Also, you said that the curvatures are supposed to be taken perpendicular to one-another...this does not happen here...neither for the circular disc case for that matter...could you elaborate more on this example,please?

Andy Resnick said:
Now, if the fluid is pinned to the plate edges, things change considerably: for the circle plate there's no conceptual issue (except the contact angle can vary), but the rectangular plate *is* much more complicated because of the corners. The radius of curvature there is infinite, so the fluid can't stay pinned there.

How are the radii of curvature at the corners infinite? For that matter, I don't think I understand what happens along the edges either..what about if it were an infinite rectangular plate?

The liquid isn't pinned, I guess...we're just sort of balancing the plate on a film of liquid...much like in a contact lens-eye interface...

Urmi Roy said:
How are the radii of curvature at the corners infinite?

No, the curvature is infinite- the radius is zero (k = 1/r) because the surface is discontinuous at an edge or corner.

Urmi Roy said:
For that matter, I don't think I understand what happens along the edges either..what about if it were an infinite rectangular plate?

The liquid isn't pinned, I guess...we're just sort of balancing the plate on a film of liquid...much like in a contact lens-eye interface...

If the liquid isn't pinned, then the shape of the plate doesn't matter.

Andy Resnick said:
No, the curvature is infinite- the radius is zero (k = 1/r) because the surface is discontinuous at an edge or corner.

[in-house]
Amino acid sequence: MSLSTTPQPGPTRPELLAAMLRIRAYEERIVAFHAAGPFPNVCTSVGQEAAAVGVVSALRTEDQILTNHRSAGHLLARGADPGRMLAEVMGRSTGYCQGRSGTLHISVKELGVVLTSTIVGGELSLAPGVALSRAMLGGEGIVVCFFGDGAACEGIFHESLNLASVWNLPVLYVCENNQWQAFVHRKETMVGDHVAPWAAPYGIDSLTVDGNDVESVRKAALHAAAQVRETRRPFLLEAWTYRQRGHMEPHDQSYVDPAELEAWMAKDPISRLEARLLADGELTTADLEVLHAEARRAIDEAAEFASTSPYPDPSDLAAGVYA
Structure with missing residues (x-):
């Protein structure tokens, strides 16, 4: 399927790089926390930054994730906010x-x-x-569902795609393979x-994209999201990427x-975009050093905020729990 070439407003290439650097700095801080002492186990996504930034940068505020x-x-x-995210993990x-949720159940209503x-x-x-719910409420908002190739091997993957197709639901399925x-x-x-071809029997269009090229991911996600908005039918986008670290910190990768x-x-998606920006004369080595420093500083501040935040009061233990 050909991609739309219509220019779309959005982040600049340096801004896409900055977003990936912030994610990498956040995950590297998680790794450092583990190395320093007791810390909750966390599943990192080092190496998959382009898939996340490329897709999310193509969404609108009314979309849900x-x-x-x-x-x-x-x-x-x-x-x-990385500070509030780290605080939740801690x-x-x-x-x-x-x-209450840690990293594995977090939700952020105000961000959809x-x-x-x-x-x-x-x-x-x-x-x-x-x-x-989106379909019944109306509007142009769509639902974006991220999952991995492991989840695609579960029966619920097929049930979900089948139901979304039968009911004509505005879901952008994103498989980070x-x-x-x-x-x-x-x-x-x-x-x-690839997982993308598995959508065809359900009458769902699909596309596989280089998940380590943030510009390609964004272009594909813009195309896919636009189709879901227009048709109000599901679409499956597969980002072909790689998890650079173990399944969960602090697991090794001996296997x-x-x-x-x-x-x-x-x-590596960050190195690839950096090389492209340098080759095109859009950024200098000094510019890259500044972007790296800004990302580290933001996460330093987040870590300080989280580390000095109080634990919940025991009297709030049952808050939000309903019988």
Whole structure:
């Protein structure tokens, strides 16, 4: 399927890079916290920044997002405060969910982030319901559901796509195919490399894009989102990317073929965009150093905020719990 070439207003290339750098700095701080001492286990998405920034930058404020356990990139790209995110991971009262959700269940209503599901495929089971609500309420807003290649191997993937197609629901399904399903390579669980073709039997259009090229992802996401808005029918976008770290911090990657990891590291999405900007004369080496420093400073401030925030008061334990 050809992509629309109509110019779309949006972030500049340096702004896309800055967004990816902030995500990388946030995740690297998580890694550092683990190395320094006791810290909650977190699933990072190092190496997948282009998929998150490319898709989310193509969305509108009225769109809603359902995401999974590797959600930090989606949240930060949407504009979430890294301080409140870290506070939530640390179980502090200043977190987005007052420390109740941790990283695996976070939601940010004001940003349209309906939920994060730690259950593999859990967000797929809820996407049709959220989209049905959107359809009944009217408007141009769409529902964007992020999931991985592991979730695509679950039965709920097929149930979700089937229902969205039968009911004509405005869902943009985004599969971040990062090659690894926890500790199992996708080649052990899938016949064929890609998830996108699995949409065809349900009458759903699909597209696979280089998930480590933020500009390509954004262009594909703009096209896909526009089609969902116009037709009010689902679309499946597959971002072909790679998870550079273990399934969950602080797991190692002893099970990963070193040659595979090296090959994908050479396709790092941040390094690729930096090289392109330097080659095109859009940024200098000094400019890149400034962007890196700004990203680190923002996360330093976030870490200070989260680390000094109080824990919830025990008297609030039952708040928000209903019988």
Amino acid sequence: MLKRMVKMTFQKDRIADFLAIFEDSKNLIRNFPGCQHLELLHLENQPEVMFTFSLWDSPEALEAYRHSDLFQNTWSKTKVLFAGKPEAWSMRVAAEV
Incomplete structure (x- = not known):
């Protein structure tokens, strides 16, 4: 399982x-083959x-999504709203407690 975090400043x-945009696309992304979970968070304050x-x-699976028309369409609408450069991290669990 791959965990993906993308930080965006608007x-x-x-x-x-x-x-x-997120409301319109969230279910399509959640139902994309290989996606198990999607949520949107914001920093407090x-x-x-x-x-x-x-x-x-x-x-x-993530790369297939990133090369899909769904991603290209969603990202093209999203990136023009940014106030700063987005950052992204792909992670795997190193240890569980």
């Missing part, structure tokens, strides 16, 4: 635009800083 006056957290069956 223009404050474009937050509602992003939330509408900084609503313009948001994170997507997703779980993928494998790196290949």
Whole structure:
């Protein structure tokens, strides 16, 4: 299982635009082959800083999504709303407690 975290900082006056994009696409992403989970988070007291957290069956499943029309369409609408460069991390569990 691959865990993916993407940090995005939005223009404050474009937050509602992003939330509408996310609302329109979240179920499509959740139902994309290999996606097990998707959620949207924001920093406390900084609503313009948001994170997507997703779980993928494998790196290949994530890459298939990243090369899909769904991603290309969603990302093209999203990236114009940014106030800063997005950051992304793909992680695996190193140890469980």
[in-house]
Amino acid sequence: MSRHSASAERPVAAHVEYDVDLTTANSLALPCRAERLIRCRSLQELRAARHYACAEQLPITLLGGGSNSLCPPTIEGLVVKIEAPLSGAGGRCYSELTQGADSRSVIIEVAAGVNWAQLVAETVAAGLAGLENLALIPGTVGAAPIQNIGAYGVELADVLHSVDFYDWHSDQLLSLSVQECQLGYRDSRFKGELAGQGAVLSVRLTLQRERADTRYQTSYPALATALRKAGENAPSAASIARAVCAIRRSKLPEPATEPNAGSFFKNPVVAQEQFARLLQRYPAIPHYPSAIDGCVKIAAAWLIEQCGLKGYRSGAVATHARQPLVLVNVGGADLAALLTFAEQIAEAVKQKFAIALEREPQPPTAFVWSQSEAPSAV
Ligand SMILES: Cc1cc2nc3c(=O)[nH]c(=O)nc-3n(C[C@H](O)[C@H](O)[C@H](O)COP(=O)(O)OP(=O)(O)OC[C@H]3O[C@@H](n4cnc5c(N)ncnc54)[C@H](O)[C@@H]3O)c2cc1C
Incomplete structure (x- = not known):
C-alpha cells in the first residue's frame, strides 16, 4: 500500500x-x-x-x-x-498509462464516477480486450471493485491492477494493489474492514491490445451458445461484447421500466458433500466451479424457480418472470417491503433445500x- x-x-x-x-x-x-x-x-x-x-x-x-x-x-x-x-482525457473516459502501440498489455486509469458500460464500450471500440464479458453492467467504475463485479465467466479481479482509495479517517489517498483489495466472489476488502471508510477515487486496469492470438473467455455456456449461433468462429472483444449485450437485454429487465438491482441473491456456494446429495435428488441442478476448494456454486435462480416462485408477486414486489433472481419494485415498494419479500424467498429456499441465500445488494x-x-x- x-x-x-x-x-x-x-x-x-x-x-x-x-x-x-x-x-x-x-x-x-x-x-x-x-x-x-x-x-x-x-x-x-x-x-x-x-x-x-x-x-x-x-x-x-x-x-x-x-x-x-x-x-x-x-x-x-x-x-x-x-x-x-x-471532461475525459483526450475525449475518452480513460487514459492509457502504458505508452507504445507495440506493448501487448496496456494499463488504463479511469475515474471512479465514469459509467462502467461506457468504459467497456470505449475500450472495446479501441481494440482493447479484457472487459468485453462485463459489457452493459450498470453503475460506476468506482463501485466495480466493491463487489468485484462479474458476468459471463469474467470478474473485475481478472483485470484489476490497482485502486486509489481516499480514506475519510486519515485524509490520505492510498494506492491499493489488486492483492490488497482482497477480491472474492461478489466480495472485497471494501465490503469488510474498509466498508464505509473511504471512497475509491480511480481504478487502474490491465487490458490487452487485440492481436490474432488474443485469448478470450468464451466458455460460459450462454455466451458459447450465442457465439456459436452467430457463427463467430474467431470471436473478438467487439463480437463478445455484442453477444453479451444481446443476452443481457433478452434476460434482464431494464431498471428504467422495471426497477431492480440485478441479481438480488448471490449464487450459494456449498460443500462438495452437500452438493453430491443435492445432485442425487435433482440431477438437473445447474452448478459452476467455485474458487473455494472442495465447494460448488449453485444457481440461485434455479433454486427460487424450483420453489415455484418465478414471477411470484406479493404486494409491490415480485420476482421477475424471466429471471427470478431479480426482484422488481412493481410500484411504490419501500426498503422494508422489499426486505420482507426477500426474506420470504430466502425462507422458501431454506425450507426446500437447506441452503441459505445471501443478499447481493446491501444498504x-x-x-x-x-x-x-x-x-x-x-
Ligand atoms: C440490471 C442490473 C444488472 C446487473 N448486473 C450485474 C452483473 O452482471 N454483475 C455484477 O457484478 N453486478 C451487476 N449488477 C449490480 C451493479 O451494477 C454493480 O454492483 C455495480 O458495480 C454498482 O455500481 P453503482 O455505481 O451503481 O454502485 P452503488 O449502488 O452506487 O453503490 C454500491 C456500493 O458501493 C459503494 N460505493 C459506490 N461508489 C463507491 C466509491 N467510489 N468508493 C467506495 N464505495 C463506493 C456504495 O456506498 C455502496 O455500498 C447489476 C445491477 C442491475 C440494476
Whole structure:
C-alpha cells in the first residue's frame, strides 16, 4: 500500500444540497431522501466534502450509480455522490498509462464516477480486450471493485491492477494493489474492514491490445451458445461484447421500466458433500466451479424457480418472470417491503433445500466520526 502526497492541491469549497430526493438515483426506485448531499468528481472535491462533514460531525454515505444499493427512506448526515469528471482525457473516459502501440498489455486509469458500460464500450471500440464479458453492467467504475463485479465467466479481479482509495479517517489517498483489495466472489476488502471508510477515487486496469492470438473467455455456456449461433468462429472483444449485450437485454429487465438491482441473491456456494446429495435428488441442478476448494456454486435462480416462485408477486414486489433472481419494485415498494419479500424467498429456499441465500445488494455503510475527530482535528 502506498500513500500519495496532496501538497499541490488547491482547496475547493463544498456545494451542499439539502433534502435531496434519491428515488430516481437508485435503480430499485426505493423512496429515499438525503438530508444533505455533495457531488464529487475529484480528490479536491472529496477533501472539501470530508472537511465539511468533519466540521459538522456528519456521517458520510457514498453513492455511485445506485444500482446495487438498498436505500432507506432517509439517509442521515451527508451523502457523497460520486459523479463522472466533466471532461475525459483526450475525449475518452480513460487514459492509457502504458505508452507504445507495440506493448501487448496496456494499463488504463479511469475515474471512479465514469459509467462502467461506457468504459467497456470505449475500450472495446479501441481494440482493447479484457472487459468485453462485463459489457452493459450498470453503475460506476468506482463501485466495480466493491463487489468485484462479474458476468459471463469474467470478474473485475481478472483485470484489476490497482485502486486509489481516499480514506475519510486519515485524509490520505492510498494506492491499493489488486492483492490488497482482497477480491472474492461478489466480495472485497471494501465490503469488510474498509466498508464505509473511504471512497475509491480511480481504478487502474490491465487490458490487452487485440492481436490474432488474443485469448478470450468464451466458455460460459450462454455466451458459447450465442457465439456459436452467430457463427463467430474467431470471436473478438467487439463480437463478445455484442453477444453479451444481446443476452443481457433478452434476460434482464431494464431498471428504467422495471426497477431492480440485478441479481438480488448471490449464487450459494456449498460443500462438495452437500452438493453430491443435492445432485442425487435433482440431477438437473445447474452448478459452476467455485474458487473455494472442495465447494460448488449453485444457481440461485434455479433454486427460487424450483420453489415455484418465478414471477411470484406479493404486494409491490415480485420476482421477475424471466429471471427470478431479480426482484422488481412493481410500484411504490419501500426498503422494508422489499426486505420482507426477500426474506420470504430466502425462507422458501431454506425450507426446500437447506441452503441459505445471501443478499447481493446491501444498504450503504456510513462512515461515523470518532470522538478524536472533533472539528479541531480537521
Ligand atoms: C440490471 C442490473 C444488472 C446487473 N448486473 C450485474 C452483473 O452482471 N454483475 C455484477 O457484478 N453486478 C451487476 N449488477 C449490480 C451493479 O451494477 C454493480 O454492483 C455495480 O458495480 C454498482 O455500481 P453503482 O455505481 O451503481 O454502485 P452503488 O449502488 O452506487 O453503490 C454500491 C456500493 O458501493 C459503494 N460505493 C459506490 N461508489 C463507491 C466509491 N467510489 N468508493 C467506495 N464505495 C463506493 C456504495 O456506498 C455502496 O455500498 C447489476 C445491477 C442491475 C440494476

If the liquid isn't pinned, then the shape of the plate doesn't matter.

I think I'm having a basic problem in how to decide which radii I'm talking about...please could you also look at post #4...maybe if you answered those questions first, it would be easier for me...

If you look the derivation it would be easy.

## 1. What is surface tension and how does it work?

Surface tension is the force that causes the surface of a liquid to behave like a stretched elastic membrane. It is caused by the cohesive forces between the molecules of the liquid. This results in the surface of the liquid having a higher energy and therefore, behaving as if it has a stretched surface.

## 2. How does surface tension affect the behavior of objects on the surface of a liquid?

Surface tension creates a "skin" on the surface of the liquid, making it more difficult for objects to penetrate or sink into the liquid. This is why small objects, like paper clips, can float on the surface of water. It also causes liquids to form droplets, as the cohesive forces pull the liquid molecules together into a more compact shape.

## 3. What is the relationship between surface tension and temperature?

Generally, as temperature increases, surface tension decreases. This is because higher temperatures cause the molecules to move more rapidly, reducing the cohesive forces between them. However, there are some exceptions to this, such as with water, which has a slightly higher surface tension at higher temperatures due to its unique molecular structure.

## 4. How is excess pressure related to surface tension?

Excess pressure is the difference in pressure between the inside and outside of a curved liquid surface. It is directly related to surface tension, as the surface tension of a liquid creates a pressure imbalance that causes the liquid to curve. This is why small insects, like water striders, can walk on the surface of water without breaking the surface tension.

## 5. How is surface tension measured?

Surface tension is typically measured in units of force per unit length (such as Newtons per meter) or energy per unit area (such as Joules per square meter). It can be measured using various techniques, such as the pendant drop method or the capillary rise method. These techniques involve measuring the force or height of a liquid column to determine its surface tension.